Frolicking in Carbin Reef

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By Danny B. Dangcalan

A Walk in the Park

Wednesday, March 19, 2014

WHEN you want practically nothing to distract you from enjoying the clear waters and white sand, Carbin Reef in Sagay City is the place for you.

Save for the watchtower and the occasional makeshift tents set up for the guests, nothing can obstruct your view of the horizon while basking under the summer sun.

A tongue-shaped island with pristine white sandbar and clear waters, Carbin Reef is the freshest option for swimming, snorkeling, picnic, or just frolicking in the sand.


As a sanctuary, Carbin Reef offers a virtually clean environment with lots of exciting marine adventures.

I have been to Carbin Reef in 2010 yet, and each summer after that, I look forward to going back there. I'm keeping my hopes high this summer.

But here's the catch: Visitors to Carbin Reef can only go there on a day tour. For safety purposes, the Sagay Tourism Office allows guests on the reef only up to 3 p.m. to 4 p.m., depending on wind strength and direction.

Funny but I like the rush of taking in as much scenery in a short time, fully aware that I wouldn't really get to stay there for a long time.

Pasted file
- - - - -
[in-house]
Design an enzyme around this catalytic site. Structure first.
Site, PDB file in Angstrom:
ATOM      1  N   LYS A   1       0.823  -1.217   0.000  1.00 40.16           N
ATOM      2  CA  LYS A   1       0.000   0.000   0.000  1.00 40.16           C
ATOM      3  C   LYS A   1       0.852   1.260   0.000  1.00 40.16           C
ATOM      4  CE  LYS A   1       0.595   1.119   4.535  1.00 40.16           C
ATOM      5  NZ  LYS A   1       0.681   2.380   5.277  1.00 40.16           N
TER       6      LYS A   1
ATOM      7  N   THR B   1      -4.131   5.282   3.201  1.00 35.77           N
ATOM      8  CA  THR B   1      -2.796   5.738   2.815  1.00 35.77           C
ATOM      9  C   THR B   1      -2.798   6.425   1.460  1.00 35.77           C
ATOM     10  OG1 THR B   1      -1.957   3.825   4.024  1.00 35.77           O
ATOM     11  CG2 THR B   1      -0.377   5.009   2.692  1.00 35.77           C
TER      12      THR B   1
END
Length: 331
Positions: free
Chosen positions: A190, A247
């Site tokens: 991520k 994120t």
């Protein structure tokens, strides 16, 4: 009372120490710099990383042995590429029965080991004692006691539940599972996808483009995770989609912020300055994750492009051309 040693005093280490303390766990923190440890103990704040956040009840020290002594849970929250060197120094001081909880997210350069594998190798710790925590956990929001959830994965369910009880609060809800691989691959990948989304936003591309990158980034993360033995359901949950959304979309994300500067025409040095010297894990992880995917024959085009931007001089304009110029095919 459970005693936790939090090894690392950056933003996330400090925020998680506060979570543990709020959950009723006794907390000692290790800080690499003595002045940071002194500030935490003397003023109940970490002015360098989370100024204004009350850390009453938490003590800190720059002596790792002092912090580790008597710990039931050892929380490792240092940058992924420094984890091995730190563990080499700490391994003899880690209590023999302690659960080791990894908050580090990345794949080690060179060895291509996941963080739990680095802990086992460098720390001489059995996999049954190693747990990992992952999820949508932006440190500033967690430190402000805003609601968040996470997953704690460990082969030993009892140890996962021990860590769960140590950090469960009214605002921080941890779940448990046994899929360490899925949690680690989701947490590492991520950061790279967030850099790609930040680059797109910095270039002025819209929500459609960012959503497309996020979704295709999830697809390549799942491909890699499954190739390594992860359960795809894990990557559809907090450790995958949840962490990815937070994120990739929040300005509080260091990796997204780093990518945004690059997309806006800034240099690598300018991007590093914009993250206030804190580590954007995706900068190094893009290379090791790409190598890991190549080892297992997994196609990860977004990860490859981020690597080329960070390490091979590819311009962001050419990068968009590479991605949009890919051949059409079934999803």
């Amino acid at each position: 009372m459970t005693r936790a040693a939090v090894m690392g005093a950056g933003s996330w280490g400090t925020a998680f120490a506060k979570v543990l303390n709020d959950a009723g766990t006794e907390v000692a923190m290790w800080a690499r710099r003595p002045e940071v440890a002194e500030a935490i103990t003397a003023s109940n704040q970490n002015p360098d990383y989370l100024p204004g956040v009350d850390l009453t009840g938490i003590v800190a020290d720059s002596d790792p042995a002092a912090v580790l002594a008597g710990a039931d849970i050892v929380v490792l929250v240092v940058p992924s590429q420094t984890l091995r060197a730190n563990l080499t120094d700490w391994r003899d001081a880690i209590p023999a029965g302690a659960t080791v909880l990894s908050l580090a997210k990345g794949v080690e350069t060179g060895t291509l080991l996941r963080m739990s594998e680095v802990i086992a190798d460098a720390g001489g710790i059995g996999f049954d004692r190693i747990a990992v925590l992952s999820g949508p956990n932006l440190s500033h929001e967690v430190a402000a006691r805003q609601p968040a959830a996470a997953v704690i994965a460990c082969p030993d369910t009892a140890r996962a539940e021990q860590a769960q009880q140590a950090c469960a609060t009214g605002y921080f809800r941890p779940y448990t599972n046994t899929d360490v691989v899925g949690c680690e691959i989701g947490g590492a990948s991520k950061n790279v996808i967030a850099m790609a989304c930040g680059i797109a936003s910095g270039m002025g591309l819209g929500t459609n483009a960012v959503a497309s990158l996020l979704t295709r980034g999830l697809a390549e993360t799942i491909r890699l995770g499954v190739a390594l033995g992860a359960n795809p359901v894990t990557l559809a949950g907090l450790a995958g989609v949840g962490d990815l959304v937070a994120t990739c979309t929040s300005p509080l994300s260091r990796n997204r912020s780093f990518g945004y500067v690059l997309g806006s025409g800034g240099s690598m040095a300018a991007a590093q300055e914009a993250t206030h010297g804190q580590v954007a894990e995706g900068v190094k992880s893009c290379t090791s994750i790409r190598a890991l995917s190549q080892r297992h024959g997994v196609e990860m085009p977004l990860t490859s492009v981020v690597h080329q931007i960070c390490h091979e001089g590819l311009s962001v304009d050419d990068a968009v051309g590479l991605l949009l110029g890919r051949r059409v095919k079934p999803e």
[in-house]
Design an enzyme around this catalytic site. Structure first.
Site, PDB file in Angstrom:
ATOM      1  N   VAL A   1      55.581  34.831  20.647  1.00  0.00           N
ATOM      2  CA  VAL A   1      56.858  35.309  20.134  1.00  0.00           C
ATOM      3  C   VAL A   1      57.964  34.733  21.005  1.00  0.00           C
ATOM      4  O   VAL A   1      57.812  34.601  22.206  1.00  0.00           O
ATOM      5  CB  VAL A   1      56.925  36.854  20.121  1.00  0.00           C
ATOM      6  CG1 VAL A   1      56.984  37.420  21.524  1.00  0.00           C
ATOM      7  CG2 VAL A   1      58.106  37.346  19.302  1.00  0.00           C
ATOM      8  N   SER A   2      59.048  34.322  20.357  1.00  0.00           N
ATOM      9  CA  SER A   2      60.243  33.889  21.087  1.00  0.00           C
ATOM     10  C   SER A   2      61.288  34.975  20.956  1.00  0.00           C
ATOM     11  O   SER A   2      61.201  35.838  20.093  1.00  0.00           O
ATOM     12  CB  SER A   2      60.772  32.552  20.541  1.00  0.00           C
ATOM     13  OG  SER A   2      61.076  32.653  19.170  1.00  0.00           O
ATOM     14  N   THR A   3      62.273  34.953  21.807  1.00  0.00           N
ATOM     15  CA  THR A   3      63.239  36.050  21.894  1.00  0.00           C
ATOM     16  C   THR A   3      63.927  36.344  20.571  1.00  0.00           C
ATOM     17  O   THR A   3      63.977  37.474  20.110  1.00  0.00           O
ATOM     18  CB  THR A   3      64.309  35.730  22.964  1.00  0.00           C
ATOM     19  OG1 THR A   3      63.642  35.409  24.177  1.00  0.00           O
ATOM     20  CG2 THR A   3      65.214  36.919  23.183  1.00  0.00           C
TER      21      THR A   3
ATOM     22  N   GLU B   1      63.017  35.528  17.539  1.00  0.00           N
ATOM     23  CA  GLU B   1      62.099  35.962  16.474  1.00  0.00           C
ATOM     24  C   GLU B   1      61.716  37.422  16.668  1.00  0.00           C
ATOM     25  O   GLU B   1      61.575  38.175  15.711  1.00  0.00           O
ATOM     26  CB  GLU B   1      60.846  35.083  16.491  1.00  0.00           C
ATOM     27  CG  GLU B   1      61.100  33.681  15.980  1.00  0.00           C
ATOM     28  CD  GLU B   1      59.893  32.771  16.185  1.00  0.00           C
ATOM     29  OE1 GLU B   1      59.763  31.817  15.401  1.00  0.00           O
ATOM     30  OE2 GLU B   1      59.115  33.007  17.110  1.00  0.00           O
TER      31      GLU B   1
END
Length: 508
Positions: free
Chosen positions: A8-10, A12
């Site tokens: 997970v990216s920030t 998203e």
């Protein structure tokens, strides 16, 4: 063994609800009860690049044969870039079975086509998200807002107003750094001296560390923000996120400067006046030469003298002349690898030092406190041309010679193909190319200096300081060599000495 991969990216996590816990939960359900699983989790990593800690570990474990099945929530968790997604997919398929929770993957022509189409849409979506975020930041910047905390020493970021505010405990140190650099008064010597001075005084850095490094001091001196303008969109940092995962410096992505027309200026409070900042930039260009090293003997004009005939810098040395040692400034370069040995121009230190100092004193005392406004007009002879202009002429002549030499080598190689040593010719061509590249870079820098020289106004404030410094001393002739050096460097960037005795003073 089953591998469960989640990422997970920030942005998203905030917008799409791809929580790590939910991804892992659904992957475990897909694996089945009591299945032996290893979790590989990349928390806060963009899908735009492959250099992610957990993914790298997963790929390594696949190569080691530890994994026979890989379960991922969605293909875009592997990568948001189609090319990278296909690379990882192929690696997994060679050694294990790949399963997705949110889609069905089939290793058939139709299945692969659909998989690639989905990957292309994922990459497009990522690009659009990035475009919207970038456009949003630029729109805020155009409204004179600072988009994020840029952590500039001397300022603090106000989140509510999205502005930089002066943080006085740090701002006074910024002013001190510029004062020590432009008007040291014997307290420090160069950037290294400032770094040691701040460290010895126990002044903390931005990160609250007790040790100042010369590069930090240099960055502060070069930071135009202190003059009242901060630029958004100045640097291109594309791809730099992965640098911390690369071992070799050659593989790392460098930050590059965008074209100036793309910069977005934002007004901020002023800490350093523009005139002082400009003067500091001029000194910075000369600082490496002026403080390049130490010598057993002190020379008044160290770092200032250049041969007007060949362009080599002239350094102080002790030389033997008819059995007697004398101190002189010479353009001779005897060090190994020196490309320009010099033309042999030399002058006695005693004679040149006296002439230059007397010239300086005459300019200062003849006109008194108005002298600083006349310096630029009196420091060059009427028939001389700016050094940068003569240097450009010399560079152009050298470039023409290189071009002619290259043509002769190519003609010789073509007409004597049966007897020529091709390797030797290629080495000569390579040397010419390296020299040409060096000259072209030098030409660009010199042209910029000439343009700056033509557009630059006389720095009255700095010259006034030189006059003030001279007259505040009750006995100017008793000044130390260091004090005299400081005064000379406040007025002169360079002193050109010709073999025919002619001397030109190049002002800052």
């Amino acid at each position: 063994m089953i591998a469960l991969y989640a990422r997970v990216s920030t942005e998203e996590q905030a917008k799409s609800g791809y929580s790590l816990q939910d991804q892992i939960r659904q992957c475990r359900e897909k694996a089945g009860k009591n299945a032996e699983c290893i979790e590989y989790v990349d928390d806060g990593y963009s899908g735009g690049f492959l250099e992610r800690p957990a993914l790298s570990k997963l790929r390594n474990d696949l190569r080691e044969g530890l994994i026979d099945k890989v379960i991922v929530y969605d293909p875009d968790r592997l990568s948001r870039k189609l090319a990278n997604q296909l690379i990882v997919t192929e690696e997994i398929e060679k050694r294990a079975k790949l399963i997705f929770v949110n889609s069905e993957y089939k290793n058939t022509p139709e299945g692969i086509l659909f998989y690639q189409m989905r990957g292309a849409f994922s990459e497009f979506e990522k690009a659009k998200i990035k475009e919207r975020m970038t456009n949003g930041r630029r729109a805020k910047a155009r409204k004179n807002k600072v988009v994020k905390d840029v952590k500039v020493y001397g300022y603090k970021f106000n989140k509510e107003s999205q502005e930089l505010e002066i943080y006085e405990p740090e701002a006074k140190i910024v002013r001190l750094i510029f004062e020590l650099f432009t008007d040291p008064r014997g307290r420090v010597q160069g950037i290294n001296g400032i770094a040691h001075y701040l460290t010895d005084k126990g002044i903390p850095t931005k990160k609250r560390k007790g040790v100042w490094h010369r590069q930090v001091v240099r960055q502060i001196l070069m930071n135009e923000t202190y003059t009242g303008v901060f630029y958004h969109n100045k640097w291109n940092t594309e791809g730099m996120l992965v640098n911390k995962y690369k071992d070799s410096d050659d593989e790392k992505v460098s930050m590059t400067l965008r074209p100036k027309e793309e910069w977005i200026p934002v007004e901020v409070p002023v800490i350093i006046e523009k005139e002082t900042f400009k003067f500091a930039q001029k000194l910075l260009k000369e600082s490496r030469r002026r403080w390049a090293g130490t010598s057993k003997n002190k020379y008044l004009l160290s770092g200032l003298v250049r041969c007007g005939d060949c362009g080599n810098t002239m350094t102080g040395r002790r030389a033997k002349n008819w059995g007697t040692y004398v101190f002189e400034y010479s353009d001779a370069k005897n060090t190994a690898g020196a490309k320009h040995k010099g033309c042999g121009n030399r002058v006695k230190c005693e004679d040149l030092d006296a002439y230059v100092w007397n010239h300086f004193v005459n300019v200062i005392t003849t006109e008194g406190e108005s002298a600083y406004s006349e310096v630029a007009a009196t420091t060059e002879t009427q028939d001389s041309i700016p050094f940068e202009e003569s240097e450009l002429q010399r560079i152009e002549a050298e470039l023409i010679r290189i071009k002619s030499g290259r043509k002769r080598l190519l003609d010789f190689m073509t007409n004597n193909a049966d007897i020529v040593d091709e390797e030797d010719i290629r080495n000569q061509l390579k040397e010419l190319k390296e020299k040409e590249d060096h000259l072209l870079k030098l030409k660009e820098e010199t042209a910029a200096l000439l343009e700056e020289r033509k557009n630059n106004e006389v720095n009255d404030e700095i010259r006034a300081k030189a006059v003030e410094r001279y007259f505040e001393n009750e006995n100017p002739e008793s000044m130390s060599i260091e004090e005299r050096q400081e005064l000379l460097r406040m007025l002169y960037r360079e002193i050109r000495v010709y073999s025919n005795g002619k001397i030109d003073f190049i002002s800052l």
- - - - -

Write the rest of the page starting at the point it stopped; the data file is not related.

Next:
Carbin Reef is at the center of Sagay's 32,000-hectare marine reserve. Established in 1999, the marine sanctuary is abundant with a wide variety of underwater species, such as thriving coral formations, turtles, crabs, shells, and fishes.

In 1980, Carbin Reef was established as the first fish sanctuary through a municipal ordinance. It expanded to other reefs, Panal and Maca and other fringing reefs covering 32,000 hectares.

Gov. Alfredo Marañon Jr. started the conservation efforts and championed the protection of Sagay's protected seascape.

Sagay Marine Reserve is recognized nationally and internationally for its sustained marine conservation program in the Visayan Sea. It is considered as one of the prime eco-tourism destinations in the Philippines.

The marine reserve is a well-managed protected area with a balanced marine and terrestrial ecosystems and abundant resources.

Published in the Sun.Star Bacolod newspaper on March 19, 2014.


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